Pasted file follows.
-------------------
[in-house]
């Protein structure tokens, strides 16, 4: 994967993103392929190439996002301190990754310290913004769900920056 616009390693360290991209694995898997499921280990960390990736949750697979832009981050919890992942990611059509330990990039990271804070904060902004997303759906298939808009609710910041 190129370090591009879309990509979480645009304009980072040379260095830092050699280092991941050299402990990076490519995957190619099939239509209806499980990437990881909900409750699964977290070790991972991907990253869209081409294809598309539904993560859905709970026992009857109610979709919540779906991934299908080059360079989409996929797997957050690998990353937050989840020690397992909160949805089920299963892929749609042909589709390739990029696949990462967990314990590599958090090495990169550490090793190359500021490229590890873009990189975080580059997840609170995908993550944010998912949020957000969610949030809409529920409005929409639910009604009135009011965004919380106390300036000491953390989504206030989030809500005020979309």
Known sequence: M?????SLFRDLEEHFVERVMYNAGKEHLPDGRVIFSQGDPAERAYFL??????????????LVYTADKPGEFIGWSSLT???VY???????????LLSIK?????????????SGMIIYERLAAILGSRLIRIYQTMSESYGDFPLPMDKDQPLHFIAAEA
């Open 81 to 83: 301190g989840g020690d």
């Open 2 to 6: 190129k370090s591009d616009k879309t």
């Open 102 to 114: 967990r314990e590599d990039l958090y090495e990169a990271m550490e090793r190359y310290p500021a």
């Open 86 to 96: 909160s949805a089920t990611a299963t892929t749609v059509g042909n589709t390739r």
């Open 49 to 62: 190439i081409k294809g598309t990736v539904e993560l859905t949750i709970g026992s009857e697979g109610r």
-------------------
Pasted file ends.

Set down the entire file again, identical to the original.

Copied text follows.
[in-house]
């Protein structure tokens, strides 16, 4: 994967993103392929190439996002301190990754310290913004769900920056 616009390693360290991209694995898997499921280990960390990736949750697979832009981050919890992942990611059509330990990039990271804070904060902004997303759906298939808009609710910041 190129370090591009879309990509979480645009304009980072040379260095830092050699280092991941050299402990990076490519995957190619099939239509209806499980990437990881909900409750699964977290070790991972991907990253869209081409294809598309539904993560859905709970026992009857109610979709919540779906991934299908080059360079989409996929797997957050690998990353937050989840020690397992909160949805089920299963892929749609042909589709390739990029696949990462967990314990590599958090090495990169550490090793190359500021490229590890873009990189975080580059997840609170995908993550944010998912949020957000969610949030809409529920409005929409639910009604009135009011965004919380106390300036000491953390989504206030989030809500005020979309």
Known sequence: M?????SLFRDLEEHFVERVMYNAGKEHLPDGRVIFSQGDPAERAYFL??????????????LVYTADKPGEFIGWSSLT???VY???????????LLSIK?????????????SGMIIYERLAAILGSRLIRIYQTMSESYGDFPLPMDKDQPLHFIAAEA
């Open 81 to 83: 301190g989840g020690d």
């Open 2 to 6: 190129k370090s591009d616009k879309t």
């Open 102 to 114: 967990r314990e590599d990039l958090y090495e990169a990271m550490e090793r190359y310290p500021a």
């Open 86 to 96: 909160s949805a089920t990611a299963t892929t749609v059509g042909n589709t390739r």
């Open 49 to 62: 190439i081409k294809g598309t990736v539904e993560l859905t949750i709970g026992s009857e697979g109610r």